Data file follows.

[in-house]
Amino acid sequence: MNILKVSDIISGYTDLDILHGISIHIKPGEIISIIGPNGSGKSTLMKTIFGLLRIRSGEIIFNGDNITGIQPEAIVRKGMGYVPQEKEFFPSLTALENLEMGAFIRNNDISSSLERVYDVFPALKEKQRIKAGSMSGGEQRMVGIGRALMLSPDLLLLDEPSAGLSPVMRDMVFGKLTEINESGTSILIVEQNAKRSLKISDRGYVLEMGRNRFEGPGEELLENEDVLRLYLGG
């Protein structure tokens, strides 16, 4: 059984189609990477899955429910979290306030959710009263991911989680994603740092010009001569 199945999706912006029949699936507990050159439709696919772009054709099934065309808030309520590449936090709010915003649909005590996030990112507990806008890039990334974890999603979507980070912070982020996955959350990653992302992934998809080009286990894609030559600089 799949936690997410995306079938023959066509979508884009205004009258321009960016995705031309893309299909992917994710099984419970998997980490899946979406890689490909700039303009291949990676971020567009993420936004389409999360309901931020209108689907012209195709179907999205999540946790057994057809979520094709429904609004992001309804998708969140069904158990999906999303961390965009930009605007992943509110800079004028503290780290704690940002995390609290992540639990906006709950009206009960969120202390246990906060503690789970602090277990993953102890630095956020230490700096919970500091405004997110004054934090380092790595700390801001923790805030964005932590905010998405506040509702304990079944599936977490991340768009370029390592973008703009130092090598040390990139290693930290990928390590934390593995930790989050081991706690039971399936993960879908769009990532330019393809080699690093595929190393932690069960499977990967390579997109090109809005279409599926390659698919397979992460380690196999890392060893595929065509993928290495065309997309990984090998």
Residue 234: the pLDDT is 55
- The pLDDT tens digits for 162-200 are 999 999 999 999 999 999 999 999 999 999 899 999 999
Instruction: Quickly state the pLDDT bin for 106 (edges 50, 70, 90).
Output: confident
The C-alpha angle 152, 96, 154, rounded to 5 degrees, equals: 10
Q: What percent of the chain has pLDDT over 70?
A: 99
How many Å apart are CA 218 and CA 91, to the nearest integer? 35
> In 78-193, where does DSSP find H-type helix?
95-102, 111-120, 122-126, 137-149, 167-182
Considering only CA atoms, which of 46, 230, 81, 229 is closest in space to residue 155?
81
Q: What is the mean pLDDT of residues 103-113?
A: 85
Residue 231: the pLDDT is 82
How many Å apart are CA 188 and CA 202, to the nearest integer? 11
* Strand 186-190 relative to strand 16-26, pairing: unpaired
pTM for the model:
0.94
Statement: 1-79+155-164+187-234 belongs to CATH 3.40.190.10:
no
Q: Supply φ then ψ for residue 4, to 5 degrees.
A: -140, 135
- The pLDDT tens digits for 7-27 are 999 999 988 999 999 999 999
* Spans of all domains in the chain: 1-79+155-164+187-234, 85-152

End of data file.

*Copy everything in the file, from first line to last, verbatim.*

[in-house]
Amino acid sequence: MNILKVSDIISGYTDLDILHGISIHIKPGEIISIIGPNGSGKSTLMKTIFGLLRIRSGEIIFNGDNITGIQPEAIVRKGMGYVPQEKEFFPSLTALENLEMGAFIRNNDISSSLERVYDVFPALKEKQRIKAGSMSGGEQRMVGIGRALMLSPDLLLLDEPSAGLSPVMRDMVFGKLTEINESGTSILIVEQNAKRSLKISDRGYVLEMGRNRFEGPGEELLENEDVLRLYLGG
């Protein structure tokens, strides 16, 4: 059984189609990477899955429910979290306030959710009263991911989680994603740092010009001569 199945999706912006029949699936507990050159439709696919772009054709099934065309808030309520590449936090709010915003649909005590996030990112507990806008890039990334974890999603979507980070912070982020996955959350990653992302992934998809080009286990894609030559600089 799949936690997410995306079938023959066509979508884009205004009258321009960016995705031309893309299909992917994710099984419970998997980490899946979406890689490909700039303009291949990676971020567009993420936004389409999360309901931020209108689907012209195709179907999205999540946790057994057809979520094709429904609004992001309804998708969140069904158990999906999303961390965009930009605007992943509110800079004028503290780290704690940002995390609290992540639990906006709950009206009960969120202390246990906060503690789970602090277990993953102890630095956020230490700096919970500091405004997110004054934090380092790595700390801001923790805030964005932590905010998405506040509702304990079944599936977490991340768009370029390592973008703009130092090598040390990139290693930290990928390590934390593995930790989050081991706690039971399936993960879908769009990532330019393809080699690093595929190393932690069960499977990967390579997109090109809005279409599926390659698919397979992460380690196999890392060893595929065509993928290495065309997309990984090998």
Residue 234: the pLDDT is 55
- The pLDDT tens digits for 162-200 are 999 999 999 999 999 999 999 999 999 999 899 999 999
Instruction: Quickly state the pLDDT bin for 106 (edges 50, 70, 90).
Output: confident
The C-alpha angle 152, 96, 154, rounded to 5 degrees, equals: 10
Q: What percent of the chain has pLDDT over 70?
A: 99
How many Å apart are CA 218 and CA 91, to the nearest integer? 35
> In 78-193, where does DSSP find H-type helix?
95-102, 111-120, 122-126, 137-149, 167-182
Considering only CA atoms, which of 46, 230, 81, 229 is closest in space to residue 155?
81
Q: What is the mean pLDDT of residues 103-113?
A: 85
Residue 231: the pLDDT is 82
How many Å apart are CA 188 and CA 202, to the nearest integer? 11
* Strand 186-190 relative to strand 16-26, pairing: unpaired
pTM for the model:
0.94
Statement: 1-79+155-164+187-234 belongs to CATH 3.40.190.10:
no
Q: Supply φ then ψ for residue 4, to 5 degrees.
A: -140, 135
- The pLDDT tens digits for 7-27 are 999 999 988 999 999 999 999
* Spans of all domains in the chain: 1-79+155-164+187-234, 85-152